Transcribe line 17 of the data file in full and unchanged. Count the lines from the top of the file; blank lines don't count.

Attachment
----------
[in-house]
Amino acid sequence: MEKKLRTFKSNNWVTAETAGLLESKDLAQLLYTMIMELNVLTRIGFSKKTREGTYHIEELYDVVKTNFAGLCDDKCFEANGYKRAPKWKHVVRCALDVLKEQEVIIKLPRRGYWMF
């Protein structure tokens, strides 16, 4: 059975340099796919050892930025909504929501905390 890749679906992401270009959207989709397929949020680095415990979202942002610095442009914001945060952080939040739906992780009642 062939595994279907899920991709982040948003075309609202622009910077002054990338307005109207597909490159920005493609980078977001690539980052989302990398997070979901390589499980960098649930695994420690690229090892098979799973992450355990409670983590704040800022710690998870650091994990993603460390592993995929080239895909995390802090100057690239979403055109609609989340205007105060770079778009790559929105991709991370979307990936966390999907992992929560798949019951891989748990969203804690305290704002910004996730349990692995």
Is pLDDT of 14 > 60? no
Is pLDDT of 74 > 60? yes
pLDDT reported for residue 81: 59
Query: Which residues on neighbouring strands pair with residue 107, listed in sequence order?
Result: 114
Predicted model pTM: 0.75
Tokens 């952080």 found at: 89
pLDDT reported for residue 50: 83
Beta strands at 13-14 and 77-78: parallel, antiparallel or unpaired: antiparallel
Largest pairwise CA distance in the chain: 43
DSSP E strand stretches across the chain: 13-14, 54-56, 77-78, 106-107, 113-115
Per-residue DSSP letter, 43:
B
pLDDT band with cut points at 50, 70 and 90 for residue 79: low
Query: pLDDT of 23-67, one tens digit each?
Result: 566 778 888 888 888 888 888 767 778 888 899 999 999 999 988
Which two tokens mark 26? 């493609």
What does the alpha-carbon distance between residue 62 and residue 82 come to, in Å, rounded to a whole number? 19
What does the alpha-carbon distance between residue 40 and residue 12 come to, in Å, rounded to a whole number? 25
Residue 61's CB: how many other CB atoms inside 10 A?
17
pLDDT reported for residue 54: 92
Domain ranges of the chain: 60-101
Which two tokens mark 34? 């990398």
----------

pLDDT band with cut points at 50, 70 and 90 for residue 79: low